In a couple hours, I am heading out to a picnic with my family to celebrate labour day. As I do this, I’m acutely aware that it is only through the hard work of Unions and labour activists that I get to do so. I’m also acutely aware that there are millions of people who are hard at work and don’t get today as a holiday.
So, to all those who are:
- Patrolling the streets in a cruiser
- Tending to the sick and wounded in an ambulance
- Protecting their communities in a fire truck
- Coordinating the response to Hurricane Harvey
- Patrolling the flooded streets of Houston looking for people in distress
- Standing behind the counter of a restaurant or at a cash register (and likely making minimum wage doing so)
- Looking after those who are in hospitals, care facilities, psychiatric facilities, and other care settings
- Harvesting and tending the fields to keep us all fed
and everyone else who finds themselves working today, I can only say:
If you’ve been watching this space, you may have noticed an absence of posts in the last week or so. I have spent the last week deeply engaged with my regular job as we dealt with a larger-scale emergency (though not anywhere close to the size of Houston). For my family, this was the first real taste of life with an Emergency Management Professional (can I call myself a professional?). They pushed through my late nights and early mornings, and I was always greeted with a happy “DADDY’S HOME!” from my daughter whenever I made it home before she went to bed.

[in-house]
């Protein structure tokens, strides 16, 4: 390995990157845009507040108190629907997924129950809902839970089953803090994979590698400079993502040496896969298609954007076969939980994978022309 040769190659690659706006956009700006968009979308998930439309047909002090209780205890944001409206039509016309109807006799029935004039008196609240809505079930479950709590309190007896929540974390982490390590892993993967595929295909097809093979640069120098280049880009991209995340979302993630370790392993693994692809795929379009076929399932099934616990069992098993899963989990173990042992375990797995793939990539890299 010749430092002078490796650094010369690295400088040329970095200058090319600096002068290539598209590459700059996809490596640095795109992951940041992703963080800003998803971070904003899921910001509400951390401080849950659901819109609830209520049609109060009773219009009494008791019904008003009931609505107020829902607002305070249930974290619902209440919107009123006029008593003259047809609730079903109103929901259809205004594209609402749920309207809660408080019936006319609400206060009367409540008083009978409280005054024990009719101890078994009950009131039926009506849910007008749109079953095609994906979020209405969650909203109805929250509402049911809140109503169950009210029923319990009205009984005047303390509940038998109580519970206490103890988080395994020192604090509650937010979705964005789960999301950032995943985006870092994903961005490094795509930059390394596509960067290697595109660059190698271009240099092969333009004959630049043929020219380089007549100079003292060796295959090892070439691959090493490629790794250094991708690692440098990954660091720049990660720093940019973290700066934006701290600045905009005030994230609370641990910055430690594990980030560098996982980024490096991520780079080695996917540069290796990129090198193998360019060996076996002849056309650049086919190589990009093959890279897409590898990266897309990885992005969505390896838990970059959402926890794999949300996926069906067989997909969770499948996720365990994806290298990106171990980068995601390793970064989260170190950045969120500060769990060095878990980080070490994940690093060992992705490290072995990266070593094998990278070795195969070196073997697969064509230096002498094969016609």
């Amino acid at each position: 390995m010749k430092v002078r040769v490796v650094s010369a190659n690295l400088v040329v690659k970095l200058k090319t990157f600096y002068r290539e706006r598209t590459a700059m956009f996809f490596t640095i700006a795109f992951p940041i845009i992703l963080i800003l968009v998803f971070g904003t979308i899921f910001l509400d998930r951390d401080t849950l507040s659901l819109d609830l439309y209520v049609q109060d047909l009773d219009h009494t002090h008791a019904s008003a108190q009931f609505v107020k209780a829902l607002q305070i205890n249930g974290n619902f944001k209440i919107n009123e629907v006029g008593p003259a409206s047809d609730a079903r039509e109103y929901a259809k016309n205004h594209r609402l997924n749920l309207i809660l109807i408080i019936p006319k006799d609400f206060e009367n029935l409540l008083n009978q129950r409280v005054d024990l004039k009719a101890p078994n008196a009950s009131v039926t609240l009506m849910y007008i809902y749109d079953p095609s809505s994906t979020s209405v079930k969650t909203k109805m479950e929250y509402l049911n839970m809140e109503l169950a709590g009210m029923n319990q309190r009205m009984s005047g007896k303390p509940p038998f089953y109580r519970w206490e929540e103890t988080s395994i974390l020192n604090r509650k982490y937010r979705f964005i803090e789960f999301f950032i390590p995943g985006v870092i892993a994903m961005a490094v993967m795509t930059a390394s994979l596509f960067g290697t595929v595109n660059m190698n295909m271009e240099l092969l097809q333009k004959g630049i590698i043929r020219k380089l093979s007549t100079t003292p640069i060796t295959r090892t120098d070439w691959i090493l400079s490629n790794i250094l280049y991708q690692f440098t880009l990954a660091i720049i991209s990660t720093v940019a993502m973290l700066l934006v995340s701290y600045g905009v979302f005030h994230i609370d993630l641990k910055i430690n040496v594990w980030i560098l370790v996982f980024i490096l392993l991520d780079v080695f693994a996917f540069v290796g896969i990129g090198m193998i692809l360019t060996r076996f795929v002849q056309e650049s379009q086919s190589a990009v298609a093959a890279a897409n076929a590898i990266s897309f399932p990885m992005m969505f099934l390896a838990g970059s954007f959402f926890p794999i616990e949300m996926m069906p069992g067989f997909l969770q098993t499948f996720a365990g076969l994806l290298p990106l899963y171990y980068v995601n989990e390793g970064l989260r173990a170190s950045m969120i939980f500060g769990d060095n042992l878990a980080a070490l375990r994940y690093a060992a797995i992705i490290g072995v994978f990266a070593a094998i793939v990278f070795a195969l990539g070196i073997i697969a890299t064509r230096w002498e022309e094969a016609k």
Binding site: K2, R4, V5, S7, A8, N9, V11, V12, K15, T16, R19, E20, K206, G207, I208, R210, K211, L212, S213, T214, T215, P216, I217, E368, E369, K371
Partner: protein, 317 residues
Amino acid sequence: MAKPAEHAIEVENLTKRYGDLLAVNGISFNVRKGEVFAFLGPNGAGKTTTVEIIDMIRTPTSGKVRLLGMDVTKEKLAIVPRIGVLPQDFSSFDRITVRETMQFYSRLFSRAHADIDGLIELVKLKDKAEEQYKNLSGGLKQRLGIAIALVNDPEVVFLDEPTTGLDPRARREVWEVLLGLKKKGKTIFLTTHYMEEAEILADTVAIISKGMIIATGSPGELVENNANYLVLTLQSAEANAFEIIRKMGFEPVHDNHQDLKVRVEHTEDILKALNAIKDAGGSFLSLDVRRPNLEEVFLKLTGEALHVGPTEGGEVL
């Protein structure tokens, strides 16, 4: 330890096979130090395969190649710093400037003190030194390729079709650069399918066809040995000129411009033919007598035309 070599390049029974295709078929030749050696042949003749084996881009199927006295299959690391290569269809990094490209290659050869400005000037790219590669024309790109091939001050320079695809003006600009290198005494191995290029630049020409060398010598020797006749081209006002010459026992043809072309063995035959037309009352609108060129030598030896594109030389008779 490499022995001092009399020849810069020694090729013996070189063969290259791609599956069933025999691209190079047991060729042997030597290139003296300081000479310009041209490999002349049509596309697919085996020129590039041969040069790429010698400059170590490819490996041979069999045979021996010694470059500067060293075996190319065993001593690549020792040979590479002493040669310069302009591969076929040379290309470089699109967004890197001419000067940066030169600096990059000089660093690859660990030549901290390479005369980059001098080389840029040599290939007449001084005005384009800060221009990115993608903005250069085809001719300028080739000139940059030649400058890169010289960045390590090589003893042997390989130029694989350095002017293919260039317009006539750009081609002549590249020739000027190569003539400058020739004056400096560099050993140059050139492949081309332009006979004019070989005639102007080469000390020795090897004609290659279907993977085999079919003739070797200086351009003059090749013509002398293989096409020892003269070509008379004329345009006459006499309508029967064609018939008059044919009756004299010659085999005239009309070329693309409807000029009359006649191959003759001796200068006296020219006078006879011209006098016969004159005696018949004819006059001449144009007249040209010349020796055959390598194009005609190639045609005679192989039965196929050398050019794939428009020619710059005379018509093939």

For those who take on additional responsibilities at home so that we can look after the people in our care, may we be forever thankful. Their strength and resiliency in the face of unexpected and lengthy absences makes our job a little bit easier.
This morning, my family and I are back in search of a faith community to call our own. We were part of a fantastic community before we moved, but life interfered and since moving we haven’t been able to find one to call our own. This, along with my previous experience with faith communities have led me to do lots of thinking about how to engage faith communities in emergency management functions. Continue reading
via Daily Prompt: Inhabit
I’ve been thinking a lot about the spaces we inhabit. Not just the physical structures (though those are very important), but the ground that we walk on and even the social constructs that we live in, shape, and are shaped by. As we start moving through a world where billion-dollar disasters are rapidly becoming the norm, how do our spaces need to change?
As anyone who has seen my desk can testify, I’m not always the best at keeping my desk neat and orderly…So, this week I spent a few hours sorting out the things on my desk and prioritizing my piles into something a little more usable. It often feels like the simple act of keeping things orderly on my desk and in my email inbox takes up as much time as actually doing the job!
Now, if only I could get my drawers sorted out!
The work of building a resilient society is a huge challenge, and not simply because it involves massive shifts in how we think about our needs. We have to consider how to build resilience and capacity in the following areas (and this list just barely scratches the surface):
So, what’s the point here? Why am I spending so much time focusing on the fact that bad things happen, and that sometimes those things are bad enough that we can’t cope with them? Because, now you’re thinking about it! You’re thinking about those times in your life where things happened that you weren’t able to cope with. If you’re fortunate enough to have never had anything bad happen to you, you are thinking about the ways that things might go wrong in the future. Continue reading